#ChurchToo Blows Up On Social Media Exposing Rampant Child Sex Abuse by Religious Leaders

Tuesday, November 28, 2017
By Paul Martin

The “ChurchToo” Hashtag has been used to call out sexual predators disguised as trustworthy religious leaders who have been protected by the church system.

By Rachel Blevins
November 27, 2017

While the Catholic church is no stranger to sexual abuse scandals, victims from other religious communities have recently taken to social media with the hashtag #ChurchToo, to call out the predators who were disguised as trustworthy Christian leaders.

As Twitter user Elizabeth Halford noted, after the hashtag “MeToo” went viral, several of the nearly 2 million users from around 85 countries who shared their stories, were sharing account of sexual abuse that occurred at the hands of religious leaders.

“Following the #ChurchToo hash with interest. Many #MeToo stories at the hands of the church,” Halford wrote. “And me? I was made to sign a purity contract at age 11. And witnessed a man confess from the pulpit having sex w/a child. Praised for his bravery. No further action.”

Another Twitter user, Rosemary Johnson, shared a similar story. She claimed that she had witnessed multiple men publicly admit to sexual harassment and assault, and instead of facing consequences, or being reported to the police, they were “praised for their bravery & honesty.”

“I CANNOT COUNT the number of times I’ve heard guys in church PUBLICLY admit to molestation, harassment, assault, etc, only to be praised for their bravery & honesty,” Johnson wrote. “No consequences. The church’s legacy of protecting abusers is sickening. #churchtoo”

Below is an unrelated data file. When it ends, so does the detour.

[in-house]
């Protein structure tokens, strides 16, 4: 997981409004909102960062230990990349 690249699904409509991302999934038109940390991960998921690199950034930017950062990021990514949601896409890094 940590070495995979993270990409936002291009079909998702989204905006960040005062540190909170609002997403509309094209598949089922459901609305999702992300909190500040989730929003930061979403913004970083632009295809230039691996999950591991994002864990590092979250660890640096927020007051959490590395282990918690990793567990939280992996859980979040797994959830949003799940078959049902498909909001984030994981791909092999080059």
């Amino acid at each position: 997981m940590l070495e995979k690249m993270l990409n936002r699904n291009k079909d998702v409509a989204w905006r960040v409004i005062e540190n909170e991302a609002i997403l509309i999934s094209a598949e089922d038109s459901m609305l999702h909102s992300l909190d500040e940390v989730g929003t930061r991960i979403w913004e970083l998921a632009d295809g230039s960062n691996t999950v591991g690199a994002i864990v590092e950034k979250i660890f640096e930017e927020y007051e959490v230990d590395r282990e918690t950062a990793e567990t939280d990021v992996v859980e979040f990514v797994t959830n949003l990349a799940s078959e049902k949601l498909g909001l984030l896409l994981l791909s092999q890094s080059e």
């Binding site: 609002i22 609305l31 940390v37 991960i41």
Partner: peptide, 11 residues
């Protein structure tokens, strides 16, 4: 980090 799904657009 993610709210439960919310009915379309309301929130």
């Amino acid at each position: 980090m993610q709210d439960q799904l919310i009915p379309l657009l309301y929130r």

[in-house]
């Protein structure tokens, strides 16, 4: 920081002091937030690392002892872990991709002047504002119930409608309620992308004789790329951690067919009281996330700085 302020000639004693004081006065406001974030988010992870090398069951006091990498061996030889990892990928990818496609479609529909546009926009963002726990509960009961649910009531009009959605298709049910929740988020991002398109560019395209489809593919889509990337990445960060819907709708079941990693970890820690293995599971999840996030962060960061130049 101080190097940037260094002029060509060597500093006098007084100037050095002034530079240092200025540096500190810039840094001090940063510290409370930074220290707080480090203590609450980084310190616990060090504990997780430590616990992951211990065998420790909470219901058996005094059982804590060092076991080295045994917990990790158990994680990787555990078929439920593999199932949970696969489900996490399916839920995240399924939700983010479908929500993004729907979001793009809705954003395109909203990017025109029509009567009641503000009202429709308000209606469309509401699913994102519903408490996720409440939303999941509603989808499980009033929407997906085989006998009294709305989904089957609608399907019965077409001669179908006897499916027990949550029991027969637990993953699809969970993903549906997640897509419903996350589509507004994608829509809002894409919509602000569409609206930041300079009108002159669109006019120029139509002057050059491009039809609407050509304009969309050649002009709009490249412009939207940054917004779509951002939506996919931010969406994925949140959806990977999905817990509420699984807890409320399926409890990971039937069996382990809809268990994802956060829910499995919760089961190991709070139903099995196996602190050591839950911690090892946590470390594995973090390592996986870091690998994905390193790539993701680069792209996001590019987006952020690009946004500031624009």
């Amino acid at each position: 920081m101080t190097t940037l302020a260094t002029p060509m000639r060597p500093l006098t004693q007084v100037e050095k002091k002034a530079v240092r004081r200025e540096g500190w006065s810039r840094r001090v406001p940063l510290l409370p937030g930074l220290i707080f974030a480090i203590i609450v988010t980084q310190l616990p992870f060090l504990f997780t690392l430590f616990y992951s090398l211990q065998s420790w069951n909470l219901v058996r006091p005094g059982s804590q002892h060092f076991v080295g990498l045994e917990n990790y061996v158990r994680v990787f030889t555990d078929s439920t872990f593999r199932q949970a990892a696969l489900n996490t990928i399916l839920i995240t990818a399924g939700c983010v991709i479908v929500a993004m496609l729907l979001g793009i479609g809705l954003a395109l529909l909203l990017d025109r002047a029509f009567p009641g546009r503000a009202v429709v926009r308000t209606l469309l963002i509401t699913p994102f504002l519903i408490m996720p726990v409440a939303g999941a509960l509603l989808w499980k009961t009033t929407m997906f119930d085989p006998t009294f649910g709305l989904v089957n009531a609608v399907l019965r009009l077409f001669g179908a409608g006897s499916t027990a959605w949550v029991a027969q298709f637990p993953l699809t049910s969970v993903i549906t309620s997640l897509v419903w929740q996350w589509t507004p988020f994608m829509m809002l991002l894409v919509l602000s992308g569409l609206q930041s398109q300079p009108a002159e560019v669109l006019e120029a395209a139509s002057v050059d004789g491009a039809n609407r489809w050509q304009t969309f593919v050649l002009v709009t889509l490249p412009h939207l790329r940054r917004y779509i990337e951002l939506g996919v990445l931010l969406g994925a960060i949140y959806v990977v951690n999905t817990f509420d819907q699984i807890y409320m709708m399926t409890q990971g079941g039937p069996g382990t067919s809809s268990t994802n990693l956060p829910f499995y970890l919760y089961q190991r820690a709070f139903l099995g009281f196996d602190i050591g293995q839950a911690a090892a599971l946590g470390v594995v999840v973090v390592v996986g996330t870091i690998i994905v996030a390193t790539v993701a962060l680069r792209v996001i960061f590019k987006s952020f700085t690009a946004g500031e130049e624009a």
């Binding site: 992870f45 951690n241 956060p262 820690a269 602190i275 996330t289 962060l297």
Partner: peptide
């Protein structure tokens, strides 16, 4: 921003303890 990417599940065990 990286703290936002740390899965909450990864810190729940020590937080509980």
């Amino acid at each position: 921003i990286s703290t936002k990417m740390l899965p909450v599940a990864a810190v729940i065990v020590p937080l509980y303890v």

While the idea that a man can confess to and repent of his sins is one that has been present in religion for centuries, several of the women who were using the “ChurchToo” hashtag, noted that by putting the men in an environment where they were praised for confessing their sins, many of them went on to do the same thing again and again—partially because they faced no negative consequences for their actions, and partially because they knew that every time they confessed to a new set of sins in church, they would be praised for their “bravery and honesty.”

Twitter user Robin Anderson said she was sexually abused by a pastor when she was 7 years old, and because—even after it was reported—the pastor faced no consequences, he continued to abuse young children.

The Rest…HERE

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